Labs in the General Organic Chemistry Course – Biomedicine BSc.

If you asked me what part of the Biomedicine course I was excited for- the answer would be, the labs. (To a certain extent)

Hej hej!

Today I’m going to be talking more about the general organic chemistry course. More specifically, the labs in the General Organic course (GOC).

Having only had 1 (now 2) courses done in the first semester, I can give you an insight into some of the labs that you would perform in the GOC course.

Now not everyone enjoys organic chemistry a lot. I know, the mechanisms and long complicated chemical names don’t really help make organic chemistry fun but there’s one thing I felt really helped me study those mechanisms and long complicated names! And that was performing the lab itself and also writing the lab report.

There are group and individual labs. The following are the group labs:

1) Separation

2) Substitution

3) IR/UV spectroscopy

4) Click Chemistry

and the individual labs are the following:

1) Elimination + Addition

2) Condensation

3) Electrophilic aromatic substitution

Personally speaking, performing the labs is quite straight forward but there are always lab supervisors who can guide you if you need help. An important aspect in organic chemistry is learning the theory behind the reactions.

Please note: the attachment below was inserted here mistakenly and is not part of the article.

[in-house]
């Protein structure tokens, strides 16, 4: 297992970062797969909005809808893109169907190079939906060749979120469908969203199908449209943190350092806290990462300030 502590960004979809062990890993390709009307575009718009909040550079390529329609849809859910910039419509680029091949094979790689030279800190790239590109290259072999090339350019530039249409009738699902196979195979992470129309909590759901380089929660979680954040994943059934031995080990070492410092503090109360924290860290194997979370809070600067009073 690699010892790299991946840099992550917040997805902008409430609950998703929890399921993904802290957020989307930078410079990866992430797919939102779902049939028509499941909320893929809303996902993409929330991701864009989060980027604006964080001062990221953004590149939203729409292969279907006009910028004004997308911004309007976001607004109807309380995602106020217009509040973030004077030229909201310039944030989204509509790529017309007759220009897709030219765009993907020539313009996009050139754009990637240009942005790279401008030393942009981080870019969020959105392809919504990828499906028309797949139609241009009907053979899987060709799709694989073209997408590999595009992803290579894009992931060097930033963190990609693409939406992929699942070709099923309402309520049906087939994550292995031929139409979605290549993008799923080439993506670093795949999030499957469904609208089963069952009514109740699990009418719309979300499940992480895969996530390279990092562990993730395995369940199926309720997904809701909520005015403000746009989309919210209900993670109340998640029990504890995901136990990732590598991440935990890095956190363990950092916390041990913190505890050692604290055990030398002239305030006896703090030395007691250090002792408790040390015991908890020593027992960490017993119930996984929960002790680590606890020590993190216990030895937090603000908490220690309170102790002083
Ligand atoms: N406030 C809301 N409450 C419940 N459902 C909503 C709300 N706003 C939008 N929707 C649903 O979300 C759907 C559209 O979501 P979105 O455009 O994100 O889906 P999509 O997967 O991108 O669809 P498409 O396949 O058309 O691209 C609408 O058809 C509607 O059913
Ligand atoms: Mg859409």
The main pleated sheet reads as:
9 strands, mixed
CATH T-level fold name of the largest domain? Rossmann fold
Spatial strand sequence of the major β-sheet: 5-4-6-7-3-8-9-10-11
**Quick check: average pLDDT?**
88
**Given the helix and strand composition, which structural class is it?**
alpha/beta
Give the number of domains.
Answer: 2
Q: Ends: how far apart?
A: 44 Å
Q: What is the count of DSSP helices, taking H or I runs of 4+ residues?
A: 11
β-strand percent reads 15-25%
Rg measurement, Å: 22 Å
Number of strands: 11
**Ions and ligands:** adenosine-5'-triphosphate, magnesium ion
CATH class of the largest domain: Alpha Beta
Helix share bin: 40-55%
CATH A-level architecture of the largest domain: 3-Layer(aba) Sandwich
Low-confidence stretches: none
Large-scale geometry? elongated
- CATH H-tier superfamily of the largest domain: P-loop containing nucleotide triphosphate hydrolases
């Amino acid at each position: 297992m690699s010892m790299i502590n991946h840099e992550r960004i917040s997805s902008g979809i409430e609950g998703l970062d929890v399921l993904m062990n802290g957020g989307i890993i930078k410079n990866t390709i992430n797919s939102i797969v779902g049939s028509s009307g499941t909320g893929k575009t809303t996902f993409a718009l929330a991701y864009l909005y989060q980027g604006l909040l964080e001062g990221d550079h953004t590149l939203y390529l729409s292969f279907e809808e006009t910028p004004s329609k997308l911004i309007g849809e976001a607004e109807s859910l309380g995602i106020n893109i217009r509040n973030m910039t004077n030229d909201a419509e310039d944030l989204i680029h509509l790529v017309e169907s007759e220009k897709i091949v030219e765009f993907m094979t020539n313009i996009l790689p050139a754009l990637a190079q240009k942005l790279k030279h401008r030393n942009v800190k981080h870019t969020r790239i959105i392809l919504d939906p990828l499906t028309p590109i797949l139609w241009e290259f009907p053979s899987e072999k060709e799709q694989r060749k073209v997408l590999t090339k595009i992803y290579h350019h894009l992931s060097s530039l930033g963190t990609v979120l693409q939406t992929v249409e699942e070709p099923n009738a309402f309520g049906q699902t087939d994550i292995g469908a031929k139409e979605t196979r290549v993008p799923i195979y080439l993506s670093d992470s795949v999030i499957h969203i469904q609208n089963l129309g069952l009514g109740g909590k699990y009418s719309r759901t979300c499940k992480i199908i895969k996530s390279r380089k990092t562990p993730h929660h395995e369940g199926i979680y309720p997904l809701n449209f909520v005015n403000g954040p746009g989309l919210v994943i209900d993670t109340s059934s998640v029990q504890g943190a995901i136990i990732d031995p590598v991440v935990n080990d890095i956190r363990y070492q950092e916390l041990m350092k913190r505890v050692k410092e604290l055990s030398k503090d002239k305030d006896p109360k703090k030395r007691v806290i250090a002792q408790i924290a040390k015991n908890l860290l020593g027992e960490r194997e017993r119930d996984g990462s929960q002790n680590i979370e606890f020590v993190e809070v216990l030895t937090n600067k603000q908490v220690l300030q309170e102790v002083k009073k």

Performing the labs and no matter how tedious it sounds, writing the lab report (which I just finished doing an hour ago) actually truly helps understand the theory.

A picture of a TLC plate viewed under UV light

The lab itself is performed either in groups of two and one lab report is submitted. These labs are fun as you get to do it with a friend. The individual labs are where you get to be independent and I believe it helps you learn how to work efficiently!


Because taking pictures in lab coats is mandatory.

You learn a lot of basic lab techniques such as recrystallization, reflux, TLC analysis (refer to picture 1) and much more. It is mandatory to be safe  while performing all the labs!

Aside from that, there are always lots of interesting incidents taking place (fume hood leaking water or accidentally pulling the emergency shower chain during the first ever lab tour) or the joy of finding large leaf like white crystals of the product on your filter funnel make it all worthwhile.

So there it is, having done so many labs in such a short span I felt like dedicating some time writing about them would only make sense. And fear not, your first semester in the Biomedicine BSc course is going to be anything but boring!

Send me an email if there are any questions at

See you soon!



Related posts